It’s bottom line sank to a $1.6 million loss but even this was a big improvement on the same period last year when it reported a $14 million bottom line loss. The company said its operating result was a better reflection of performance.
AACo said its $15 million EBITDA (earnings before interest, tax, depreciation, amortisation) was driven by improvements in cattle and meat sales prices. It included a $10 million writedown in the value of livestock because of a lower expectation of calves born in the first half.
No dividends were declared and its policy on the issue when profitability resumes.
Average meat sales were up 14.5 per cent for the period compared with the same time last year, but meat production was down 9 per cent and sales overall were about $3 million lower. Its Westholme brand grew 7 per cent to now be 22 per cent of total meat sales.
Meat sales to Asia were down on last year with China the biggest issue. North American sales were up strongly but the Middle East and Australian markets were down.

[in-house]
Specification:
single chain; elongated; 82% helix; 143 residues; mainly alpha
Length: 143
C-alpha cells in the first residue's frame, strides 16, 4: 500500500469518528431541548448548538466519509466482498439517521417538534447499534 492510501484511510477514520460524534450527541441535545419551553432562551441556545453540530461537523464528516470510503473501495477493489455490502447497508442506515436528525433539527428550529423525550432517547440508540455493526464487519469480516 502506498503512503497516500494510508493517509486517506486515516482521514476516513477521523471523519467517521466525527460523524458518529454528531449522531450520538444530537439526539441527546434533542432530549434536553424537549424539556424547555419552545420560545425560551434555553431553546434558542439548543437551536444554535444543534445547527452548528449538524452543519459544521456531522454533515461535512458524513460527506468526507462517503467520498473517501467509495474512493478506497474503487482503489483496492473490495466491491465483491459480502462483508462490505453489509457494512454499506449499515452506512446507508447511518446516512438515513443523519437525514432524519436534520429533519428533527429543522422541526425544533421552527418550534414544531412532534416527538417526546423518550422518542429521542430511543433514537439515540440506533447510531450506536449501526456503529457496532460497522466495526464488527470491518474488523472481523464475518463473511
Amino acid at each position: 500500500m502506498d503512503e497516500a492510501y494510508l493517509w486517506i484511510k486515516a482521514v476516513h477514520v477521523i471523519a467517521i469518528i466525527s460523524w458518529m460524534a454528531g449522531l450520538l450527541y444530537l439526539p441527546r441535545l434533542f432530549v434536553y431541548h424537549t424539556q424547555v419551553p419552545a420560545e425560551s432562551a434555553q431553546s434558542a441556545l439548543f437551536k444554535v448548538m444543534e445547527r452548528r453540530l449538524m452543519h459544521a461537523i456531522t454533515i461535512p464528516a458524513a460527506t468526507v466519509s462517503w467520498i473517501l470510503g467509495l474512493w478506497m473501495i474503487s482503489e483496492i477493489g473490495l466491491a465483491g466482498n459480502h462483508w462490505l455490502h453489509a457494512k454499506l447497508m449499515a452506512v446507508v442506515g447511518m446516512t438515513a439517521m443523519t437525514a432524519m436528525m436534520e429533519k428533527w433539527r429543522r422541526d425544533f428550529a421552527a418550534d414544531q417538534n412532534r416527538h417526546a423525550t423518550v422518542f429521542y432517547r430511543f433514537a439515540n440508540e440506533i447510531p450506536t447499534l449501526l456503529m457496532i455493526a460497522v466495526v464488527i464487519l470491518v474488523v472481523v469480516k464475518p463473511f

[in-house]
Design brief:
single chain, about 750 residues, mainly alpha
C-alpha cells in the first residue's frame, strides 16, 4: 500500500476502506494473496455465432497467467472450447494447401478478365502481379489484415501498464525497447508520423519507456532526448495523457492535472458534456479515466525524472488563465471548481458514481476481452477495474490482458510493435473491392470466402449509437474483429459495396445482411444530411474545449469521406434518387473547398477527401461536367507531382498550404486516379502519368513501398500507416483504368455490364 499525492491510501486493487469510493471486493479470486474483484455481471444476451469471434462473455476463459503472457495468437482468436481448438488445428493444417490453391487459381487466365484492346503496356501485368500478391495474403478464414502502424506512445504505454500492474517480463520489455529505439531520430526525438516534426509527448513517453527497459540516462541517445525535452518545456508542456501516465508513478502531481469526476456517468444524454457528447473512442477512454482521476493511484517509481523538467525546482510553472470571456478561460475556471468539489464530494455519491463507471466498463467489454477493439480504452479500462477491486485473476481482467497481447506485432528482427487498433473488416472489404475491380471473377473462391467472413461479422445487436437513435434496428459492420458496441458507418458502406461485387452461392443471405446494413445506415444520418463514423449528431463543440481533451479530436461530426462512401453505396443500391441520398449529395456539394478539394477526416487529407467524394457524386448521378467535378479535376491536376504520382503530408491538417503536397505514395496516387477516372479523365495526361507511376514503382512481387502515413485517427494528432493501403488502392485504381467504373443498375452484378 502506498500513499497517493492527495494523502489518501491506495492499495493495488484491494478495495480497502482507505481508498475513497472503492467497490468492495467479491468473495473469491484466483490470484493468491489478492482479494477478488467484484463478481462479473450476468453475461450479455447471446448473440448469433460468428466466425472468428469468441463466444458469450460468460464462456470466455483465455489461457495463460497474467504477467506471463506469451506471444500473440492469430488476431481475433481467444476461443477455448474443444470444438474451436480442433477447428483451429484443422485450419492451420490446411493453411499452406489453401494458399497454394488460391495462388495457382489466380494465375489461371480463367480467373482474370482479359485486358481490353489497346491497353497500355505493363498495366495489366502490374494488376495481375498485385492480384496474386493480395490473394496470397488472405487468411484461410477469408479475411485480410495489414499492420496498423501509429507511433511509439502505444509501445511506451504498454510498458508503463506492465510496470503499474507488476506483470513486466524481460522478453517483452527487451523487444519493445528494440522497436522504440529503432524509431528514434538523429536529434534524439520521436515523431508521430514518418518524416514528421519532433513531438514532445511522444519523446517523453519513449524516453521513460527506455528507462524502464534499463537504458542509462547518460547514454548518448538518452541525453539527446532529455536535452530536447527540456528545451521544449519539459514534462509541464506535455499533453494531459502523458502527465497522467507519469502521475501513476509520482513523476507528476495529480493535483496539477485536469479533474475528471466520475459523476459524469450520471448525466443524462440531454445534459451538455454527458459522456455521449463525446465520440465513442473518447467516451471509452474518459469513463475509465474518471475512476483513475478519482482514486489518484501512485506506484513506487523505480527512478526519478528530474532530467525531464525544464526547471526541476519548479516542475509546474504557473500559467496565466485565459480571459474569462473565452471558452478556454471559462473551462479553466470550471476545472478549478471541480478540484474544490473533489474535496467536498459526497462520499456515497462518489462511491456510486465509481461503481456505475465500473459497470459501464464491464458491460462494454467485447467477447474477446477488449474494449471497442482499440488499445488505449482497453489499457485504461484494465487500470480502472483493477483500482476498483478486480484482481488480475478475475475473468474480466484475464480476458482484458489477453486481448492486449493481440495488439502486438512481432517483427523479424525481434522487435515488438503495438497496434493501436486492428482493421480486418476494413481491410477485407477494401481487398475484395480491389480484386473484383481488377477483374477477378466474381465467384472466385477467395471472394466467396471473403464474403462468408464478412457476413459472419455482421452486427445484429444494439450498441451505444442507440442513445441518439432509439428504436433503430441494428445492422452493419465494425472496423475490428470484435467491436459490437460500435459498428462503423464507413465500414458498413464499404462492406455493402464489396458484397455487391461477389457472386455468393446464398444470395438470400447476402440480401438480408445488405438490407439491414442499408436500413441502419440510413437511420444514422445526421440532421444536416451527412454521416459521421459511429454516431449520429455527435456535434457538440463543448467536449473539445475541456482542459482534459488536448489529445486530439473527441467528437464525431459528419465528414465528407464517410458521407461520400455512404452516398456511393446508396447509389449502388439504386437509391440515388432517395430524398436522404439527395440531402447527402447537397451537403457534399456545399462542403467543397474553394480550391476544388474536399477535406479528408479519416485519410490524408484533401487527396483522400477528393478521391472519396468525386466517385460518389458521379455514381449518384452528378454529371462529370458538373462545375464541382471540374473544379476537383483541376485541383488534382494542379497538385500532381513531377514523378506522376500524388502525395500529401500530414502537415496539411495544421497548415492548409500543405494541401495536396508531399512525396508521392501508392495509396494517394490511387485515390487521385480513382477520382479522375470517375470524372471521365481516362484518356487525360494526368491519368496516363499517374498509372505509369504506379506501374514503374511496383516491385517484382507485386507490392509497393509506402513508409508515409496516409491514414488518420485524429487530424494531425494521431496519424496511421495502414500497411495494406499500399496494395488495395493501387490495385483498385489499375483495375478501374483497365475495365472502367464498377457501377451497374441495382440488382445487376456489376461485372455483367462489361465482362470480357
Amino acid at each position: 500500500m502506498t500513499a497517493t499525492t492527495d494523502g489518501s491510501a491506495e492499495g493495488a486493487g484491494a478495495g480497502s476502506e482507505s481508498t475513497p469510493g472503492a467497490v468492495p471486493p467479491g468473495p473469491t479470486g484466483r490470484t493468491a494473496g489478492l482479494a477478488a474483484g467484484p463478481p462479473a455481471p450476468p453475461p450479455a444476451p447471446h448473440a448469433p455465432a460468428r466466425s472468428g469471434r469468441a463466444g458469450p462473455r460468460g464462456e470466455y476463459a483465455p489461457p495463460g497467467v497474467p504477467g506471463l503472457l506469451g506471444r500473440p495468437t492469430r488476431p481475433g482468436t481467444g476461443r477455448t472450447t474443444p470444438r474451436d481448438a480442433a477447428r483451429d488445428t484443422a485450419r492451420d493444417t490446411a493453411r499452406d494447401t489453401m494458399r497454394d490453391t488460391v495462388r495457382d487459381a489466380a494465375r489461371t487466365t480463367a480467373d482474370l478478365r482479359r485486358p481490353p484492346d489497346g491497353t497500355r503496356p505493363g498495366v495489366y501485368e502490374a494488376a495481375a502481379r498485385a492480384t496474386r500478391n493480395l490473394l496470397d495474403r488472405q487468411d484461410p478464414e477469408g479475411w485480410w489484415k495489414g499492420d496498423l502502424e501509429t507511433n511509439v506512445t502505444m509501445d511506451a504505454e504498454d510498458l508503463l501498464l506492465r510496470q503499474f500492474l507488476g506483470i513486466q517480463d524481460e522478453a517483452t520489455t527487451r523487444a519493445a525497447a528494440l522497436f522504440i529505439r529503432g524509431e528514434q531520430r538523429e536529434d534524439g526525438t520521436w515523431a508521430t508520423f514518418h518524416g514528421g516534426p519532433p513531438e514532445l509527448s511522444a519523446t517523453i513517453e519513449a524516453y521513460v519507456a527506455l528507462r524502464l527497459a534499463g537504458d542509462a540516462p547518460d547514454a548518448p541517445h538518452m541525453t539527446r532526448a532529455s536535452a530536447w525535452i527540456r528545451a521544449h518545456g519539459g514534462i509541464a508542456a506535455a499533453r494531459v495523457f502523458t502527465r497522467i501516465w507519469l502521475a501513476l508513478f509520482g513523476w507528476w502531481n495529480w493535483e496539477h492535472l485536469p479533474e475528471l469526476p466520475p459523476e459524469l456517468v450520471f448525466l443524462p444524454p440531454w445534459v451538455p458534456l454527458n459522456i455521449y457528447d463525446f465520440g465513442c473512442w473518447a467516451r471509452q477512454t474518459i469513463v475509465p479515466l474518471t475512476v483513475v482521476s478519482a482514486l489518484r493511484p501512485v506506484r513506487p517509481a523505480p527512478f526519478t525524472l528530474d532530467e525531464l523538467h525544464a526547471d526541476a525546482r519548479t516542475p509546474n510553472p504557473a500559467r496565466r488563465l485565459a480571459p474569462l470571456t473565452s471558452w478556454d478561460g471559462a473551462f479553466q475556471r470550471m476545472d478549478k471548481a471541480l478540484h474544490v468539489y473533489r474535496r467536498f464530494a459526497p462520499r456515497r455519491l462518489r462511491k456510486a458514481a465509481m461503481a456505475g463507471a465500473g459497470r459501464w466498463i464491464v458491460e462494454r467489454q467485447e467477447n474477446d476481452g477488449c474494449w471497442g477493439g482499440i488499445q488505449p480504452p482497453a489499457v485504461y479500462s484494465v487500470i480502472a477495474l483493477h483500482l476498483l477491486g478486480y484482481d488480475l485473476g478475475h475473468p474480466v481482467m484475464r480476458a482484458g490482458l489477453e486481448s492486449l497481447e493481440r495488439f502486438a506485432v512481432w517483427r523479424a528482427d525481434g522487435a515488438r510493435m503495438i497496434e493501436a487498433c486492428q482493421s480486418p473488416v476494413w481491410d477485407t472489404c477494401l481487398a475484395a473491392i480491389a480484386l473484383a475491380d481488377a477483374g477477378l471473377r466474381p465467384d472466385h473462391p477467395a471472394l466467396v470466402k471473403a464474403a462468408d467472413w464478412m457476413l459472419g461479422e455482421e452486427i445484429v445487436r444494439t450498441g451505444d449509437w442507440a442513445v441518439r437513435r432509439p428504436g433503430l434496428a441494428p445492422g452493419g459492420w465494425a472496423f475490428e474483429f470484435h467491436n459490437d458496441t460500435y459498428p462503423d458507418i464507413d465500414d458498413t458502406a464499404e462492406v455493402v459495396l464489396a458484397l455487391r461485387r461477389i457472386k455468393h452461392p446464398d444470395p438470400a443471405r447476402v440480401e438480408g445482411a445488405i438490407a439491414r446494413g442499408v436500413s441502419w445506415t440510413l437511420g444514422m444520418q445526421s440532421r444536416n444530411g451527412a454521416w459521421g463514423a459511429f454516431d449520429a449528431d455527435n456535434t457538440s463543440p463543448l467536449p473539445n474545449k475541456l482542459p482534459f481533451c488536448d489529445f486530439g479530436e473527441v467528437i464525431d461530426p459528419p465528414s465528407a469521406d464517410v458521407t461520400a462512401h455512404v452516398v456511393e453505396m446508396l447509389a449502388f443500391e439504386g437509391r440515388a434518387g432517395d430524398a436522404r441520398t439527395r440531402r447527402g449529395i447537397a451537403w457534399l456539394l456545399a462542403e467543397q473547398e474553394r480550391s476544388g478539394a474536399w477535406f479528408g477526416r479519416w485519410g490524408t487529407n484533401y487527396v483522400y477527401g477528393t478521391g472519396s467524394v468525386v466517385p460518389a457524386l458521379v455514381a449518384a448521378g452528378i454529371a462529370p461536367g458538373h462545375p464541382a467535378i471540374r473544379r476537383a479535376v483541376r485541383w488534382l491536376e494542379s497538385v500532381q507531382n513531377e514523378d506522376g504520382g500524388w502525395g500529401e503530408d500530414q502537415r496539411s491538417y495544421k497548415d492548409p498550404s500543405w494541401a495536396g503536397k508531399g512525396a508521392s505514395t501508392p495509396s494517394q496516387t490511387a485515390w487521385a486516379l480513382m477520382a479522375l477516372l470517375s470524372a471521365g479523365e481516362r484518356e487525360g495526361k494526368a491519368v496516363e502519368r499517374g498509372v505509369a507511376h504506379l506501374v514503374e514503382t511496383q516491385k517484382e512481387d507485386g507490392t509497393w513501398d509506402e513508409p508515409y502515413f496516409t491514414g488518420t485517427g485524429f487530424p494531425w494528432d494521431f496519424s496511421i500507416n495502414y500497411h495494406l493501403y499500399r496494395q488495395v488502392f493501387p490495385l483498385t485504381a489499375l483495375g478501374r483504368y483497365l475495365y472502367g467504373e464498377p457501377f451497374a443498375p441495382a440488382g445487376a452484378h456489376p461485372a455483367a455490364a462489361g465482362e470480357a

Managing director Hugh Killen said the full force of COVID-19 hit the restaurant sector at the start of the company’s financial year and its 16 markets were “severely impacted”.
“However, while the interim result is commendable, we are mindful that there are many challenges still to come and a number of complexities to work through over the next six months,” Killen said.
He said the outlook was that the market would remain volatile and cited forecasts from the Meat and Livestock Association for the national cattle slaughter to fall 17 per cent in 2020 with further falls in 2021.Jump to next article